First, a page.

To put it bluntly, this needs more Dead Girls. The opening essay on our obsession with the dead girl trope is great. The rest of the essays are in strong need of an editor. This was the quote that caused me to throw in the towel: “Paul texted me ‘do you ever feel that your level of intelligence dooms you to be alone.’ My reply began, “My answer is I think sort of obviously yes.” PUUUUH-LEASE. So ⭐⭐⭐ for Dead Girls essay but -⭐ f...
  • Rachel Davies
    this book knocked me out. i can't wait for everyone to read it
  • Rachel
    Flashes of brilliance, but the essays in fitting with the title are much less interesting than the essays about the author's California self-discovery and Joan Didion fascination. I'm so torn on Dead Girls as a collection. It's muddled and facile and smart and incisive - all in the same place.My lack of love for the Dead Girl essays might be because I've done a lot of my own thinking re: the function of victimhood. This is probably a natural exte...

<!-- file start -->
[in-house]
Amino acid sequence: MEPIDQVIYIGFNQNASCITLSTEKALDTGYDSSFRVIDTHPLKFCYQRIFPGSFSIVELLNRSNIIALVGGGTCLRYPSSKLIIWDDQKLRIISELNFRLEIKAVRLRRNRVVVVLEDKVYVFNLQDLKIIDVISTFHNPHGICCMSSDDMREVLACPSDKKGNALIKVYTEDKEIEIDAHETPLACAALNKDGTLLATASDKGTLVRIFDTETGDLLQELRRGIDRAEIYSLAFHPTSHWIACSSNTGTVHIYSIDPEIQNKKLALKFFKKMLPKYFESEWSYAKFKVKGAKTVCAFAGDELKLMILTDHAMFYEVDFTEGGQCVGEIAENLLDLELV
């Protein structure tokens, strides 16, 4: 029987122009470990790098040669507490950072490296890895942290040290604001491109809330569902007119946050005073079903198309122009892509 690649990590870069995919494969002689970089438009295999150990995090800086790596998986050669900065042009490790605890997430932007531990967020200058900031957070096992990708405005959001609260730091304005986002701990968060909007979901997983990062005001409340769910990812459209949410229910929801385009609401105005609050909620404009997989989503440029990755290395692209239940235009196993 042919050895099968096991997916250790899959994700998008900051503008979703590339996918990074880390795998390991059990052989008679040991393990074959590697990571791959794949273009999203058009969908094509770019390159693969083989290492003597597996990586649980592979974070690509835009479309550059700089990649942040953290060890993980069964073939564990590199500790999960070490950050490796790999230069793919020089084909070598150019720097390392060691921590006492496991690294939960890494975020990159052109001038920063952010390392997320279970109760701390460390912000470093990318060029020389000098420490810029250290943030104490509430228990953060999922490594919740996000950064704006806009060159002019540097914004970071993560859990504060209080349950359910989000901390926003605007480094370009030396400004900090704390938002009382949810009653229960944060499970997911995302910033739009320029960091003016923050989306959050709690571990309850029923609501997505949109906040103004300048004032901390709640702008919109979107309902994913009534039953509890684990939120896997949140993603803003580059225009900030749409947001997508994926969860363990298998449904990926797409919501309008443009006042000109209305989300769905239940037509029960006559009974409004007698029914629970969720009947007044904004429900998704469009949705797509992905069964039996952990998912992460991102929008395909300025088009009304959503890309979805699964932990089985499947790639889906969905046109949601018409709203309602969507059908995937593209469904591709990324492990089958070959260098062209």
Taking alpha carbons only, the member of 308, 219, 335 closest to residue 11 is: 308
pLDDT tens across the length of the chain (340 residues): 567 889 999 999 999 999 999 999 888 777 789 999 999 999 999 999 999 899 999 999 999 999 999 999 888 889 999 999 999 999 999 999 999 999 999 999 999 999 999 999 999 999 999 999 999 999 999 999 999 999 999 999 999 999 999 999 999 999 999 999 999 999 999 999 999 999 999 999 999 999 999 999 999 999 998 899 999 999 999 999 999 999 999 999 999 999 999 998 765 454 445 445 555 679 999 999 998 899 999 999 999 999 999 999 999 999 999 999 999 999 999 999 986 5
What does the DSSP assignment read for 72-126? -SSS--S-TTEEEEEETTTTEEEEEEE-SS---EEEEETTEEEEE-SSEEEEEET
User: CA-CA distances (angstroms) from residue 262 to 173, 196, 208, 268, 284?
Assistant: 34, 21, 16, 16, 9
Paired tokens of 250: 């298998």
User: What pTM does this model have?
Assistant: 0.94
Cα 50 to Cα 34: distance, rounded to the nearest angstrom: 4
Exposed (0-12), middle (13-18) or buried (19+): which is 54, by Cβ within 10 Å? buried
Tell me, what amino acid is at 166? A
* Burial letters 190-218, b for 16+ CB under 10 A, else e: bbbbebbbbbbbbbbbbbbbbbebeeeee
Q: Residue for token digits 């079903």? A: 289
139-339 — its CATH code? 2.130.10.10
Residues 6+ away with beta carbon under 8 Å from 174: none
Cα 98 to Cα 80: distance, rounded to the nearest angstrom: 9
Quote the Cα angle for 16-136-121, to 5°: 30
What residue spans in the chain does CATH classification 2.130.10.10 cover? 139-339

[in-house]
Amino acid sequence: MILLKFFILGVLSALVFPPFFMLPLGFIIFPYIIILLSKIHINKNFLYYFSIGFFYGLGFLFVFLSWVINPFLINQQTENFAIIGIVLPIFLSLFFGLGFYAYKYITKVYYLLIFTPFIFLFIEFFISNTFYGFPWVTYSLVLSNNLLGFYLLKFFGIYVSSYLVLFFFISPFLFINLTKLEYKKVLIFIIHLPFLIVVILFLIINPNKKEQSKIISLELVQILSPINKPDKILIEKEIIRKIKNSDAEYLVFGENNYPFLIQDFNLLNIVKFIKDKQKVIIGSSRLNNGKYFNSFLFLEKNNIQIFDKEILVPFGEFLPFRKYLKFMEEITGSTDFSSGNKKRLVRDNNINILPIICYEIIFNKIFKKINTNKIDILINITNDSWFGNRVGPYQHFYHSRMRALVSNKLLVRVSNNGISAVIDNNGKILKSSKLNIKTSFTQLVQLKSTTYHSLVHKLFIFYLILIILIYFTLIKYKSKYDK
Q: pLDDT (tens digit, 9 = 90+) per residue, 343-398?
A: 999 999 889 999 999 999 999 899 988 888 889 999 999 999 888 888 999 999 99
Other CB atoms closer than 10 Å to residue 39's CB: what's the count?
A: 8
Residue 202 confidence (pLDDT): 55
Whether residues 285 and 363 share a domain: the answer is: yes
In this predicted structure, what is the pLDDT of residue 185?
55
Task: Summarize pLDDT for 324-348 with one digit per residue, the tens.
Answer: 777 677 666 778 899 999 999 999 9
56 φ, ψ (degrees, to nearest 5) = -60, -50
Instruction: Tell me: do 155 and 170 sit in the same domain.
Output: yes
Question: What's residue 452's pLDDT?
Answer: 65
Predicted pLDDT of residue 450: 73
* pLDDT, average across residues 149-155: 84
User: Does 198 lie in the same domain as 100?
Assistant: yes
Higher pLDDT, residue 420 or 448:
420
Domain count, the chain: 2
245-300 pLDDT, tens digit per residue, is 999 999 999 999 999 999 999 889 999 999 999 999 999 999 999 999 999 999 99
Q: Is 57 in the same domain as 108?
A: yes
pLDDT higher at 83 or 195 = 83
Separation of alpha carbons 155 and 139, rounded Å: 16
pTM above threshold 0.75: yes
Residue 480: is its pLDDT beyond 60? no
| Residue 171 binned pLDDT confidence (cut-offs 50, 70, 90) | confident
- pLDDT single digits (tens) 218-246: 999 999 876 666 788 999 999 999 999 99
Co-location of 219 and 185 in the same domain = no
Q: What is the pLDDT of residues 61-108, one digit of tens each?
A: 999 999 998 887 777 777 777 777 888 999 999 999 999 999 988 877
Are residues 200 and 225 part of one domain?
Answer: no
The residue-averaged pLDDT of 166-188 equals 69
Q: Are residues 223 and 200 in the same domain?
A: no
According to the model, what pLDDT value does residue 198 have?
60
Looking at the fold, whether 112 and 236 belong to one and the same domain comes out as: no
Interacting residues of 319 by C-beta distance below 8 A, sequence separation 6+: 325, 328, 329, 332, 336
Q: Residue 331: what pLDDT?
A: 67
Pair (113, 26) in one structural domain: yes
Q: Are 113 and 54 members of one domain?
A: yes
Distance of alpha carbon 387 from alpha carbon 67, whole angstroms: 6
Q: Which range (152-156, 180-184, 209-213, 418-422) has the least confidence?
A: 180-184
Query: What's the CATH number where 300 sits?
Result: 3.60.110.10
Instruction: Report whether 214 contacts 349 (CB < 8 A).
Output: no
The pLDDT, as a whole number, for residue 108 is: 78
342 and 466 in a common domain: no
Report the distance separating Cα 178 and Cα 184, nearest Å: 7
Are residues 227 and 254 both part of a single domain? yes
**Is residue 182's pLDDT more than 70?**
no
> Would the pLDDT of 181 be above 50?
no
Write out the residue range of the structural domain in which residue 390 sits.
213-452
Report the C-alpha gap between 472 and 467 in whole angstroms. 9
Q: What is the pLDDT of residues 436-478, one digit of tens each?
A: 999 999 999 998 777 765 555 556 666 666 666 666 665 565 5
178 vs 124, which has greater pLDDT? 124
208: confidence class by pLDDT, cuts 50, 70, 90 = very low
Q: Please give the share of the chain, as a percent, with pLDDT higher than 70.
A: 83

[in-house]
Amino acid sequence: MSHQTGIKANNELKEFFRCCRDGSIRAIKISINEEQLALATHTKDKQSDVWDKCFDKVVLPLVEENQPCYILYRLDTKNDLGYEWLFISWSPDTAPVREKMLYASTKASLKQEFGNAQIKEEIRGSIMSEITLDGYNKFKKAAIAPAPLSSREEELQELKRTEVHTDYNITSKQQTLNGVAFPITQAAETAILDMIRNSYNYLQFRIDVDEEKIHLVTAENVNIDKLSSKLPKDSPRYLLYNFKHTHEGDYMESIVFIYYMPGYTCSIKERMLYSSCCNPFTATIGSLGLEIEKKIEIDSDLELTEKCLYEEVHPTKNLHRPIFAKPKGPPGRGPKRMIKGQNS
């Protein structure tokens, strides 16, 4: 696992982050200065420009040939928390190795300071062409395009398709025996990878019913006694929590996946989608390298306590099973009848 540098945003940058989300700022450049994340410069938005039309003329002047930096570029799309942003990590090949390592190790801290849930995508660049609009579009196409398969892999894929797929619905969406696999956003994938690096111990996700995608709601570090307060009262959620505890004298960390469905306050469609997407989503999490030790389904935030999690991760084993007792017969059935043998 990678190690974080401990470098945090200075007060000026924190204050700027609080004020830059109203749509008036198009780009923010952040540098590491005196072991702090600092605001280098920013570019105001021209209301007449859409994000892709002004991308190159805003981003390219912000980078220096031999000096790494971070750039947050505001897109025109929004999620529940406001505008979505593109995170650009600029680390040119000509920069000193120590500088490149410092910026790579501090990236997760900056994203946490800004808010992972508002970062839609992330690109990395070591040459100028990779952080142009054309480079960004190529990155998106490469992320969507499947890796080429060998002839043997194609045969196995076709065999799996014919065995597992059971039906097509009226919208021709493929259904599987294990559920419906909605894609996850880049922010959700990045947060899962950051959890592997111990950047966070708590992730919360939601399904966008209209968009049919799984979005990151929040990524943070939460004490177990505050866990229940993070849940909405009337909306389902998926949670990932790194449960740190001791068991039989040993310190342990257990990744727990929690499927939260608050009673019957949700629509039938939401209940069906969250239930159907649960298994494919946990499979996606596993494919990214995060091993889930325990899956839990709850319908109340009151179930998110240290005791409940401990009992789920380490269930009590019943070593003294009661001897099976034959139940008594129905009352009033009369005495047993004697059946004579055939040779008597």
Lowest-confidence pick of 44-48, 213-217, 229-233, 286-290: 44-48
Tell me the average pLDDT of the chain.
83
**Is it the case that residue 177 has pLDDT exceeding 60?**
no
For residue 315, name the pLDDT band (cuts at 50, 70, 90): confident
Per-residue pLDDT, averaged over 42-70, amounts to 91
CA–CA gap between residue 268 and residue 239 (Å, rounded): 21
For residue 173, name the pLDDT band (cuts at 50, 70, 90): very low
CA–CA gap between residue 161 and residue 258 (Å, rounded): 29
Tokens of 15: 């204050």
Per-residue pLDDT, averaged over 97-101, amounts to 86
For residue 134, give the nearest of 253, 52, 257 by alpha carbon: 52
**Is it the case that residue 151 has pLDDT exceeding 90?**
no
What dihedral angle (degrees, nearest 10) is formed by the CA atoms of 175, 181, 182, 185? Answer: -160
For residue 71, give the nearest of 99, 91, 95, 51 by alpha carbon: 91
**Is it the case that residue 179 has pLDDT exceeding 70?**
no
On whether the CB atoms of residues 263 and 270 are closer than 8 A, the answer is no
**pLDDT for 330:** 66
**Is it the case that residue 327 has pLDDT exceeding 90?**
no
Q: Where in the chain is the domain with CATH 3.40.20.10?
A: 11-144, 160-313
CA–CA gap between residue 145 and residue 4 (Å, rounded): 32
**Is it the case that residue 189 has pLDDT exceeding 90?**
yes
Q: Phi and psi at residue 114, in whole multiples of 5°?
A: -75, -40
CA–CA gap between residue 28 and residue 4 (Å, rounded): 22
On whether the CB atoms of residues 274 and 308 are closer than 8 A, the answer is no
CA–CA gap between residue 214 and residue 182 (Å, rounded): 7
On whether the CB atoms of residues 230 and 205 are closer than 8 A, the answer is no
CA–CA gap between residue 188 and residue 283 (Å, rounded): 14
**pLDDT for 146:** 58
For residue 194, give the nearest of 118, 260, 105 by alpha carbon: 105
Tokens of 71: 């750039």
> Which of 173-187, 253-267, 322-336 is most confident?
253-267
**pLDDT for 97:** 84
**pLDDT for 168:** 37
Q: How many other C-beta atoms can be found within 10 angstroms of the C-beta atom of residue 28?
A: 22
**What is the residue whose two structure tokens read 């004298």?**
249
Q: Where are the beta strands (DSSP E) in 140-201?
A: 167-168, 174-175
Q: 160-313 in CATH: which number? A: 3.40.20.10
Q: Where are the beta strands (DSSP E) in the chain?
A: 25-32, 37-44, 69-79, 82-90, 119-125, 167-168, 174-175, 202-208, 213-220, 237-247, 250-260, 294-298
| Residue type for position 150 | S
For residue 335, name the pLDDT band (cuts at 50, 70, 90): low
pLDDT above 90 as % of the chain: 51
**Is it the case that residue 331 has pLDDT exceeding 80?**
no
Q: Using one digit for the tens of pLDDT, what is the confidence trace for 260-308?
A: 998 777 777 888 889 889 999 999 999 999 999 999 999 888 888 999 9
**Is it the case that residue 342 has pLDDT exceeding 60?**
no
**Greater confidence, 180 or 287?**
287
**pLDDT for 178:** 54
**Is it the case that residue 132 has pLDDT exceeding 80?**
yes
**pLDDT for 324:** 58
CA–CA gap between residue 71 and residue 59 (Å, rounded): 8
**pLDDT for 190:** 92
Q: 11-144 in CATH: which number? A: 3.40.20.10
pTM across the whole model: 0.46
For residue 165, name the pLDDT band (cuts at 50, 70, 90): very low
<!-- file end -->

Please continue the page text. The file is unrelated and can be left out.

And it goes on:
• Jaclyn (sixminutesforme)
    I think I expected a little more true crime focus to these essays than there was. The collection was a lot of personal reflections and musing on various books and films, and it was interesting to hear the author’s perspective on works by literary giants like Toni Morrison. I will say, if you’re a Joan Didion fan that you’ll appreciate the references that pop up throughout this collection! I’d also recommend listening to the @thereadingwom...
  • Monika